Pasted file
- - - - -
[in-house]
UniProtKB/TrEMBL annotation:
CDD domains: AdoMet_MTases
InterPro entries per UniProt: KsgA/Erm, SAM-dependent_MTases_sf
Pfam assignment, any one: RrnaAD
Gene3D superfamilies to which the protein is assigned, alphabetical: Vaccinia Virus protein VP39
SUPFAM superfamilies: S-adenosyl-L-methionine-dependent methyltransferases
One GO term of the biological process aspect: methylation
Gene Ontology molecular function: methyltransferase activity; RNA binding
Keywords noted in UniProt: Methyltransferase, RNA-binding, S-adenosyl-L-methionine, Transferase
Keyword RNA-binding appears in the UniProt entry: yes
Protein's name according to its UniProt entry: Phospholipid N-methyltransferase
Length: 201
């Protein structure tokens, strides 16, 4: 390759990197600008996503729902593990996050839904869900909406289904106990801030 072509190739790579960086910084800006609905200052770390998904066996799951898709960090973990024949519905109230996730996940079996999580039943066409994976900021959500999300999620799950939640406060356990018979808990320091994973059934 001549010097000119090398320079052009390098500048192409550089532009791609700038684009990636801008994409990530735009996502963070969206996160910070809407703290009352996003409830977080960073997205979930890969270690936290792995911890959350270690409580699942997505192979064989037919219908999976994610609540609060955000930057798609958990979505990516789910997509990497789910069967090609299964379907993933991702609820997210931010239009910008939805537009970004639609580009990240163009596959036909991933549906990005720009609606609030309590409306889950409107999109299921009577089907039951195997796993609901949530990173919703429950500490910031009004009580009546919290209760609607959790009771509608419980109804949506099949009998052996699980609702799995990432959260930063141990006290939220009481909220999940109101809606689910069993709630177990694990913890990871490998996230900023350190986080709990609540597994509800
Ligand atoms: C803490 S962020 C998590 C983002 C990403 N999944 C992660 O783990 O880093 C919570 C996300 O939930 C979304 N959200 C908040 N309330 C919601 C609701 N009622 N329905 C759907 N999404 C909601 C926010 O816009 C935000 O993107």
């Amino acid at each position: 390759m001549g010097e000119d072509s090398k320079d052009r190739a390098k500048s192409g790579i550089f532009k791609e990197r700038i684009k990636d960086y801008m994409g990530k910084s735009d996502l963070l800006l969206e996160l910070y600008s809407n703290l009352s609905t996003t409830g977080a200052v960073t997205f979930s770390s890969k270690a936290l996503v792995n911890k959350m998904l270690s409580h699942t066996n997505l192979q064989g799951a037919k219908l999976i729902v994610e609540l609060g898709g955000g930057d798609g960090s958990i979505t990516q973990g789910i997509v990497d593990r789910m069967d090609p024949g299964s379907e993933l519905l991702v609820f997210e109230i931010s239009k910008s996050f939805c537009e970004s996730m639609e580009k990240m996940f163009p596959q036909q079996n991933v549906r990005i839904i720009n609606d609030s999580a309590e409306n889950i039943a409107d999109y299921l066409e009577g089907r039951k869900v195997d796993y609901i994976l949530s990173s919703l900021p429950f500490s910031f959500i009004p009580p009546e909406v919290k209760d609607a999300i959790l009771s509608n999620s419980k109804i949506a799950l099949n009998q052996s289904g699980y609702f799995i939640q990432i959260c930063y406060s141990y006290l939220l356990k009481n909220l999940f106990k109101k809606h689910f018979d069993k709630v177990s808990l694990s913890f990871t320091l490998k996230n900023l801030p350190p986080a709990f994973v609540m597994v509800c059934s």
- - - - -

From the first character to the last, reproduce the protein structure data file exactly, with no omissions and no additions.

[in-house]
UniProtKB/TrEMBL annotation:
CDD domains: AdoMet_MTases
InterPro entries per UniProt: KsgA/Erm, SAM-dependent_MTases_sf
Pfam assignment, any one: RrnaAD
Gene3D superfamilies to which the protein is assigned, alphabetical: Vaccinia Virus protein VP39
SUPFAM superfamilies: S-adenosyl-L-methionine-dependent methyltransferases
One GO term of the biological process aspect: methylation
Gene Ontology molecular function: methyltransferase activity; RNA binding
Keywords noted in UniProt: Methyltransferase, RNA-binding, S-adenosyl-L-methionine, Transferase
Keyword RNA-binding appears in the UniProt entry: yes
Protein's name according to its UniProt entry: Phospholipid N-methyltransferase
Length: 201
């Protein structure tokens, strides 16, 4: 390759990197600008996503729902593990996050839904869900909406289904106990801030 072509190739790579960086910084800006609905200052770390998904066996799951898709960090973990024949519905109230996730996940079996999580039943066409994976900021959500999300999620799950939640406060356990018979808990320091994973059934 001549010097000119090398320079052009390098500048192409550089532009791609700038684009990636801008994409990530735009996502963070969206996160910070809407703290009352996003409830977080960073997205979930890969270690936290792995911890959350270690409580699942997505192979064989037919219908999976994610609540609060955000930057798609958990979505990516789910997509990497789910069967090609299964379907993933991702609820997210931010239009910008939805537009970004639609580009990240163009596959036909991933549906990005720009609606609030309590409306889950409107999109299921009577089907039951195997796993609901949530990173919703429950500490910031009004009580009546919290209760609607959790009771509608419980109804949506099949009998052996699980609702799995990432959260930063141990006290939220009481909220999940109101809606689910069993709630177990694990913890990871490998996230900023350190986080709990609540597994509800
Ligand atoms: C803490 S962020 C998590 C983002 C990403 N999944 C992660 O783990 O880093 C919570 C996300 O939930 C979304 N959200 C908040 N309330 C919601 C609701 N009622 N329905 C759907 N999404 C909601 C926010 O816009 C935000 O993107």
């Amino acid at each position: 390759m001549g010097e000119d072509s090398k320079d052009r190739a390098k500048s192409g790579i550089f532009k791609e990197r700038i684009k990636d960086y801008m994409g990530k910084s735009d996502l963070l800006l969206e996160l910070y600008s809407n703290l009352s609905t996003t409830g977080a200052v960073t997205f979930s770390s890969k270690a936290l996503v792995n911890k959350m998904l270690s409580h699942t066996n997505l192979q064989g799951a037919k219908l999976i729902v994610e609540l609060g898709g955000g930057d798609g960090s958990i979505t990516q973990g789910i997509v990497d593990r789910m069967d090609p024949g299964s379907e993933l519905l991702v609820f997210e109230i931010s239009k910008s996050f939805c537009e970004s996730m639609e580009k990240m996940f163009p596959q036909q079996n991933v549906r990005i839904i720009n609606d609030s999580a309590e409306n889950i039943a409107d999109y299921l066409e009577g089907r039951k869900v195997d796993y609901i994976l949530s990173s919703l900021p429950f500490s910031f959500i009004p009580p009546e909406v919290k209760d609607a999300i959790l009771s509608n999620s419980k109804i949506a799950l099949n009998q052996s289904g699980y609702f799995i939640q990432i959260c930063y406060s141990y006290l939220l356990k009481n909220l999940f106990k109101k809606h689910f018979d069993k709630v177990s808990l694990s913890f990871t320091l490998k996230n900023l801030p350190p986080a709990f994973v609540m597994v509800c059934s």